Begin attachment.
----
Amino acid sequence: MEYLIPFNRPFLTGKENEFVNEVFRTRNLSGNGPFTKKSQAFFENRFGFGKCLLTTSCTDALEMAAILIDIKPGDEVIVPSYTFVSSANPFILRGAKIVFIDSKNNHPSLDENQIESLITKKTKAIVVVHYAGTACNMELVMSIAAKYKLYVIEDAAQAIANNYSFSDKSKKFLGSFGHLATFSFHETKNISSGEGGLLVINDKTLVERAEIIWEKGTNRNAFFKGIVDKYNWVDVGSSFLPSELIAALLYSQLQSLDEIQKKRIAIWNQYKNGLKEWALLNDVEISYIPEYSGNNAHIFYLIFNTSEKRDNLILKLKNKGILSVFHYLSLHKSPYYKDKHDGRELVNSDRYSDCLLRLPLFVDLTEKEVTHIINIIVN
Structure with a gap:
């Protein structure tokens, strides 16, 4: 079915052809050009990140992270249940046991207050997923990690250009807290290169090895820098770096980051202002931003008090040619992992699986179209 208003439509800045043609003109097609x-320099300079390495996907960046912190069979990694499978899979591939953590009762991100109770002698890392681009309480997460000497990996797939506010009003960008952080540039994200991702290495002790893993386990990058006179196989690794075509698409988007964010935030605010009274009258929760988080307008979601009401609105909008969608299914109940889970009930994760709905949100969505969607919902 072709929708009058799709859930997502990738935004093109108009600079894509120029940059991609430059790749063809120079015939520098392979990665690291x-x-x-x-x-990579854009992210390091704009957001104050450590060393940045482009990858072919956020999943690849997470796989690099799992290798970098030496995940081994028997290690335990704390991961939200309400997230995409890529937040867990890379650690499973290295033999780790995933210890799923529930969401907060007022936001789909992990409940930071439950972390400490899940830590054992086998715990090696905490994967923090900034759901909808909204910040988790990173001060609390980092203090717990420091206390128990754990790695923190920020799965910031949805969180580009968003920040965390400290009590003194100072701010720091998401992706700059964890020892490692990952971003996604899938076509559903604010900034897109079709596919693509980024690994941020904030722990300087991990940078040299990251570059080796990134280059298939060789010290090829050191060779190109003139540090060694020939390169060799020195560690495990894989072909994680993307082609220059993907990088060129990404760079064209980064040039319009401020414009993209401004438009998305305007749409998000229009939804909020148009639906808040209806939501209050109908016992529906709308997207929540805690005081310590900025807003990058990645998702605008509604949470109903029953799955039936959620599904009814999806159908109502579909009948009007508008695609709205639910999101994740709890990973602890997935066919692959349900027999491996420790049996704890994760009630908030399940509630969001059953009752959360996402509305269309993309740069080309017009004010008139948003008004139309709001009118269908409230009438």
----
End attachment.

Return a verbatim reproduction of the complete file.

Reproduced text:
Amino acid sequence: MEYLIPFNRPFLTGKENEFVNEVFRTRNLSGNGPFTKKSQAFFENRFGFGKCLLTTSCTDALEMAAILIDIKPGDEVIVPSYTFVSSANPFILRGAKIVFIDSKNNHPSLDENQIESLITKKTKAIVVVHYAGTACNMELVMSIAAKYKLYVIEDAAQAIANNYSFSDKSKKFLGSFGHLATFSFHETKNISSGEGGLLVINDKTLVERAEIIWEKGTNRNAFFKGIVDKYNWVDVGSSFLPSELIAALLYSQLQSLDEIQKKRIAIWNQYKNGLKEWALLNDVEISYIPEYSGNNAHIFYLIFNTSEKRDNLILKLKNKGILSVFHYLSLHKSPYYKDKHDGRELVNSDRYSDCLLRLPLFVDLTEKEVTHIINIIVN
Structure with a gap:
């Protein structure tokens, strides 16, 4: 079915052809050009990140992270249940046991207050997923990690250009807290290169090895820098770096980051202002931003008090040619992992699986179209 208003439509800045043609003109097609x-320099300079390495996907960046912190069979990694499978899979591939953590009762991100109770002698890392681009309480997460000497990996797939506010009003960008952080540039994200991702290495002790893993386990990058006179196989690794075509698409988007964010935030605010009274009258929760988080307008979601009401609105909008969608299914109940889970009930994760709905949100969505969607919902 072709929708009058799709859930997502990738935004093109108009600079894509120029940059991609430059790749063809120079015939520098392979990665690291x-x-x-x-x-990579854009992210390091704009957001104050450590060393940045482009990858072919956020999943690849997470796989690099799992290798970098030496995940081994028997290690335990704390991961939200309400997230995409890529937040867990890379650690499973290295033999780790995933210890799923529930969401907060007022936001789909992990409940930071439950972390400490899940830590054992086998715990090696905490994967923090900034759901909808909204910040988790990173001060609390980092203090717990420091206390128990754990790695923190920020799965910031949805969180580009968003920040965390400290009590003194100072701010720091998401992706700059964890020892490692990952971003996604899938076509559903604010900034897109079709596919693509980024690994941020904030722990300087991990940078040299990251570059080796990134280059298939060789010290090829050191060779190109003139540090060694020939390169060799020195560690495990894989072909994680993307082609220059993907990088060129990404760079064209980064040039319009401020414009993209401004438009998305305007749409998000229009939804909020148009639906808040209806939501209050109908016992529906709308997207929540805690005081310590900025807003990058990645998702605008509604949470109903029953799955039936959620599904009814999806159908109502579909009948009007508008695609709205639910999101994740709890990973602890997935066919692959349900027999491996420790049996704890994760009630908030399940509630969001059953009752959360996402509305269309993309740069080309017009004010008139948003008004139309709001009118269908409230009438």